Has there ever been an MP so widely condemned? David Garrett may be the only one to have come close for managing to build a complete consensus of vilification upon himself. The backlash against Richard Prosser's bizarre statements on race and religion has been so incredibly strong that there is a sense of MPs actually revelling in their condemnation, seizing the chance to prove how progressive and anti-racist they are. This is an argument I make in my blogpost, Richard Prosser's role in making mainstream politicians look progressive. I also point out how much more muted politicians were in response to the Government's new refugee policy aligning New Zealand with Australia's reactionary asylum system - i.e. a current policy that actually has an effect.
For the opposite view, see Morgan Godfery's blogpost, Richard Prosser and white privilege, in which he argues that Prosser's statements are being excused as 'just one man's opinions'. Godfery argues that this indicates how 'white privilege' reigns supreme in New Zealand because white men are allowed to say what Maori would be vilified for.
There seems plenty of evidence, however, that Prosser hasn't gotten away with his xenophobic and bigoted statements at all. After all, those bastions of 'white privilege' and the Establishment - the newspaper editorials - are powerfully condemning of Prosser - see, for example, the Press' Prosser not needed, the Dominion Post's Terrorists borne from intolerance, the ODT's Ignorant and prejudiced and the Southland Times' Prosser is a nasty prat. What's more, even voters in Prosser's 'own electorate' of provincial Waimakariri are appalled- such as '72-year old shopper Maureen Paterson' who is reported by Kurt Bayer as exclaiming: 'He's a w*****, and he should know better' - see: Prosser's electorate unimpressed by 'Wogistan'. As Tahu Potiki points out today: 'Note that not one person has come to his rescue. His comments are so clearly inappropriate that he has not found even one ally' - see: Prosser offensive and 'ridiculously flawed'.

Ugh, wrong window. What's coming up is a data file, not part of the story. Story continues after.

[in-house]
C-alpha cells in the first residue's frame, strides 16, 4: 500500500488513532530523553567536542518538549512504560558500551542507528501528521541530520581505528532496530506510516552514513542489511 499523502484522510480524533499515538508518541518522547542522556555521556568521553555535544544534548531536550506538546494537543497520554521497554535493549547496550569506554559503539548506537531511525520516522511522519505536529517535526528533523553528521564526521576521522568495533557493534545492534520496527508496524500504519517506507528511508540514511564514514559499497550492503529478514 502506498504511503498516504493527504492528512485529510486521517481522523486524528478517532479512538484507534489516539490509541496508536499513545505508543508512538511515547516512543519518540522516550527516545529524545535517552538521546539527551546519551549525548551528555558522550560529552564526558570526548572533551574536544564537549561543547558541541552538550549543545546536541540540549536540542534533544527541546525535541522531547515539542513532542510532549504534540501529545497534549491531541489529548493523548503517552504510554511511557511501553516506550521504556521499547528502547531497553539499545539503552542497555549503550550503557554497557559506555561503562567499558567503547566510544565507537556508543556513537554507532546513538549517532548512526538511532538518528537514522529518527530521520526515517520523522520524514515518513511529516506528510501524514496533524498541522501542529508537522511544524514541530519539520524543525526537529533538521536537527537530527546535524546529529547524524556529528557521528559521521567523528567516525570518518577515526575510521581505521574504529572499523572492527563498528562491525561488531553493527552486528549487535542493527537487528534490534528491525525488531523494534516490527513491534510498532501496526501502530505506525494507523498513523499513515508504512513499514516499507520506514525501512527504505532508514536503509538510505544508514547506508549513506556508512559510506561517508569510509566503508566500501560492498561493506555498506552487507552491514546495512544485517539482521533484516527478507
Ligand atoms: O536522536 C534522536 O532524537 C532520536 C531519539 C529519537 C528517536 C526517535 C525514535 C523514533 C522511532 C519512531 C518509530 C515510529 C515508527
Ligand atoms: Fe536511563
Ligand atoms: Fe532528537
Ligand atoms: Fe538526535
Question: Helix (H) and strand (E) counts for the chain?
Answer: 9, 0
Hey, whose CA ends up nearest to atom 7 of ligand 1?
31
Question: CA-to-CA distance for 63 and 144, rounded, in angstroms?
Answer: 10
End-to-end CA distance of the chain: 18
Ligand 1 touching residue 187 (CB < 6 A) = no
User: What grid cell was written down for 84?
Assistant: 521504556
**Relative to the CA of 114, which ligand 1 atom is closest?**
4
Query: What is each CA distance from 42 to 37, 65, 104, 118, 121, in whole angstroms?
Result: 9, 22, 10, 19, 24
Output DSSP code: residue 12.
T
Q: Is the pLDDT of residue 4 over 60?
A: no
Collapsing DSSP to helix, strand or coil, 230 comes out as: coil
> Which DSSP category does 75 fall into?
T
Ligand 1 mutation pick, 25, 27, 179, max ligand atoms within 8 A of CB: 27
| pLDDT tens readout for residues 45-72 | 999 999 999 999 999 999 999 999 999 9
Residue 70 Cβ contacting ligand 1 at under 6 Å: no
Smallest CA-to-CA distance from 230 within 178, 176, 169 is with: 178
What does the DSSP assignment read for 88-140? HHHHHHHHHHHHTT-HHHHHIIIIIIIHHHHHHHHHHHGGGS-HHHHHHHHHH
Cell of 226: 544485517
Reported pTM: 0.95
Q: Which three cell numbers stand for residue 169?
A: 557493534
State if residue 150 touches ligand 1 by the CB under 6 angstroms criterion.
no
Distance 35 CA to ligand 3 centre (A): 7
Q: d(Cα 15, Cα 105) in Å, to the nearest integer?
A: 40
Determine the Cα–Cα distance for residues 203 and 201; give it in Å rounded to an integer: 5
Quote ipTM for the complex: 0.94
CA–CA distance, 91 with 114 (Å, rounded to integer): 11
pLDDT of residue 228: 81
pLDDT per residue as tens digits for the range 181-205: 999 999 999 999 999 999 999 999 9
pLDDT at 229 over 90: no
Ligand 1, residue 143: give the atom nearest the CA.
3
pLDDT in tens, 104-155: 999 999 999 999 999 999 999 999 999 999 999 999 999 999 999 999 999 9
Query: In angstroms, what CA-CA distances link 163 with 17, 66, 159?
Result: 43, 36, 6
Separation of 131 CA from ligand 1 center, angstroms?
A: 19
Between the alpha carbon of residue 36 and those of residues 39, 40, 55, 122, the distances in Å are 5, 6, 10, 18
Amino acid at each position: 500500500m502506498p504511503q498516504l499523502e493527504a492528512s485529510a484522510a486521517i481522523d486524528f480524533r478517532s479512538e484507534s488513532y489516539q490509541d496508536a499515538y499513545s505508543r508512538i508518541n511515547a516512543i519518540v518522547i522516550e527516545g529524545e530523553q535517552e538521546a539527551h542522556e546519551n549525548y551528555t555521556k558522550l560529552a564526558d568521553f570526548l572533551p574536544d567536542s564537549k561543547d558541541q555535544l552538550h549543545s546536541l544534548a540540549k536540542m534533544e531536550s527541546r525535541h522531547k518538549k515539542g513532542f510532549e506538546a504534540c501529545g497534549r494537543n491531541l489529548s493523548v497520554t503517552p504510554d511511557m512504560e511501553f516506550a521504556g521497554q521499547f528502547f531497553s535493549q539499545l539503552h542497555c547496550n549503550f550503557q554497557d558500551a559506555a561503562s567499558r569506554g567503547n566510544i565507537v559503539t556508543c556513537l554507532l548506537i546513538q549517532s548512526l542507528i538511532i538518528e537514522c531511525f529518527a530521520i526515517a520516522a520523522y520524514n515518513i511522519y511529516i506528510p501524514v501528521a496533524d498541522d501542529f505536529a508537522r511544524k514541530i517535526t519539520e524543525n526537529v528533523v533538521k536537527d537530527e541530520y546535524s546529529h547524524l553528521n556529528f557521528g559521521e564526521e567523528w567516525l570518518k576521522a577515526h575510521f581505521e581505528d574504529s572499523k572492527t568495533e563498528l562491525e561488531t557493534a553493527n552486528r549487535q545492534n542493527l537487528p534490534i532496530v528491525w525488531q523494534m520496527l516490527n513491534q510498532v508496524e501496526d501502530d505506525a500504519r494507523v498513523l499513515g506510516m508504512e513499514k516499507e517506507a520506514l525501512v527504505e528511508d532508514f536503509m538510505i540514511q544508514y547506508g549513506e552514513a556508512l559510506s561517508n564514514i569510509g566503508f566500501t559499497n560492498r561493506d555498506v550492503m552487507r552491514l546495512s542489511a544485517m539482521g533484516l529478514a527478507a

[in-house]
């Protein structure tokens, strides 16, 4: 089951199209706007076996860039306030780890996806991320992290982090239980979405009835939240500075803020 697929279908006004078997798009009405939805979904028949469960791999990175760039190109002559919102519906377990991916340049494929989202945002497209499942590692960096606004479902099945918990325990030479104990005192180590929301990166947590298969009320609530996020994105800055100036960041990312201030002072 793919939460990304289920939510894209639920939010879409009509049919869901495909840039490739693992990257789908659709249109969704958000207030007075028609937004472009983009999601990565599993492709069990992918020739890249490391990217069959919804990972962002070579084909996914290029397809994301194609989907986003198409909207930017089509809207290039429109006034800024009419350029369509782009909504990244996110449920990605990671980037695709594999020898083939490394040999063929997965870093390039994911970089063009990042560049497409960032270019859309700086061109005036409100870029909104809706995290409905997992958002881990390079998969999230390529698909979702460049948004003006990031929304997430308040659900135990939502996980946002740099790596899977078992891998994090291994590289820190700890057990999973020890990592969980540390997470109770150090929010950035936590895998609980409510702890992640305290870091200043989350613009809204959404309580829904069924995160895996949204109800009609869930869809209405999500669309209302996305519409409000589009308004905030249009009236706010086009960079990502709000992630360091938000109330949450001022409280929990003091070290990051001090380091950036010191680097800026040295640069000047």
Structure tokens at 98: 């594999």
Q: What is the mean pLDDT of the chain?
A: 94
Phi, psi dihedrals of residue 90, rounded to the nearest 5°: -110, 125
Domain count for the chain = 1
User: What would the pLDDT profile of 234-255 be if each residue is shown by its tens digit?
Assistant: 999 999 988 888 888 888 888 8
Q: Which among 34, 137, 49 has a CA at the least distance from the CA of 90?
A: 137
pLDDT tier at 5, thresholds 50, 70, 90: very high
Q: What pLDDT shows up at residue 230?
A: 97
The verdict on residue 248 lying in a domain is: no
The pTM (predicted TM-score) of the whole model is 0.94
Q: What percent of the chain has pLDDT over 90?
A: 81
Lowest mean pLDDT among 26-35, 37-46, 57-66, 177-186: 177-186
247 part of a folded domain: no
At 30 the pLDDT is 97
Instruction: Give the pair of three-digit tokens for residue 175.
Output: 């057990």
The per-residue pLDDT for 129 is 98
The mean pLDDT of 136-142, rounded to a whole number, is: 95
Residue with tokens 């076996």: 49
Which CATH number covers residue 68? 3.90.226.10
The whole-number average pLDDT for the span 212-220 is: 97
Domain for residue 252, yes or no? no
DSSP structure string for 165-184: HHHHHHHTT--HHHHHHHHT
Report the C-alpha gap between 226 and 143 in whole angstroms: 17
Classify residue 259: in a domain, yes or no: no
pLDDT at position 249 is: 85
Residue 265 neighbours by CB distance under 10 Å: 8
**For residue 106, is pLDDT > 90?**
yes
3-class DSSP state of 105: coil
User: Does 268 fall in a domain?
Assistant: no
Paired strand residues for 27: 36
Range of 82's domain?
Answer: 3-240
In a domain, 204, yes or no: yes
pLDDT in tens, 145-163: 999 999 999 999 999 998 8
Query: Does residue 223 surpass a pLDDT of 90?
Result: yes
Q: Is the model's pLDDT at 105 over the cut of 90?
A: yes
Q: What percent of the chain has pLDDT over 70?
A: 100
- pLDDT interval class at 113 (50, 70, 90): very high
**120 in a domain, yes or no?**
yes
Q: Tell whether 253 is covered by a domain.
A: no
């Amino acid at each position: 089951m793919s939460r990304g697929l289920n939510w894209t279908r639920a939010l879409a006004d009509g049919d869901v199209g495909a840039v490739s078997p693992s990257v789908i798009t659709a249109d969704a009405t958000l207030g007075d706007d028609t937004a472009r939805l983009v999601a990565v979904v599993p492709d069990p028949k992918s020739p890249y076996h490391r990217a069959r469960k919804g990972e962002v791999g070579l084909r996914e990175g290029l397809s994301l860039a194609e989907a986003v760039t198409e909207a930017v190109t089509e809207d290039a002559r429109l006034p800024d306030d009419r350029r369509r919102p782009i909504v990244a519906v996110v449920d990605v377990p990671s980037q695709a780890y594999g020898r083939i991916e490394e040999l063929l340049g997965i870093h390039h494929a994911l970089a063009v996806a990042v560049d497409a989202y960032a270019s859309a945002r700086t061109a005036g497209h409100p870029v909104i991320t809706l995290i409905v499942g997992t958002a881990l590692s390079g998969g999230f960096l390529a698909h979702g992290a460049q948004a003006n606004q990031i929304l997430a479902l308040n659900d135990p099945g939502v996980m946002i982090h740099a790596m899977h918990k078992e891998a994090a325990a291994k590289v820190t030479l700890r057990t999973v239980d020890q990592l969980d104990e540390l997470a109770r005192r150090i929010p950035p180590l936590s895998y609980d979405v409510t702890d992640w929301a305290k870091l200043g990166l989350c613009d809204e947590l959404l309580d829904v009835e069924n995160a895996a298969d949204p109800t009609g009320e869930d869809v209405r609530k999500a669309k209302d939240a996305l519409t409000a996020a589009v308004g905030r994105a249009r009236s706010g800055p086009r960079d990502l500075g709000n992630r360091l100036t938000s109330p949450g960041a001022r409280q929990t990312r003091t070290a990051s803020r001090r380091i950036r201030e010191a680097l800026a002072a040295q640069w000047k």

So what does the strength of this backlash say about New Zealand politics and society in 2013? Perhaps it's a useful barometer of New Zealand race relations - even better than Waitangi Day - and an indication of the strength of our 'intolerance of intolerance'. The backlash might also suggest just how quickly attitudes are changing. It was only a decade ago that the Helen Clark Labour Government was locking up the Muslim refugee, Ahmed Zaoui, and treating him in a manner in which Prosser might well approve. This is an argument put very strongly by Paul Buchanan in an excellent blogpost, With stereotypes, timing is everything. He says that Zaoui's 'arrival was met with official alarm and a chorus of exactly the sort of xenophobic invective that Prosser has voiced', and that 'Back then Islamophobia ran rampant and it was fine if not fashionable to Muslim-bash, which the Clark government did adroitly and with aplomb'. Buchanan says that Prosser's biggest mistake is his timing: 'Had he made his remarks ten years ago he would have fared far better in the court of public and political opinion'.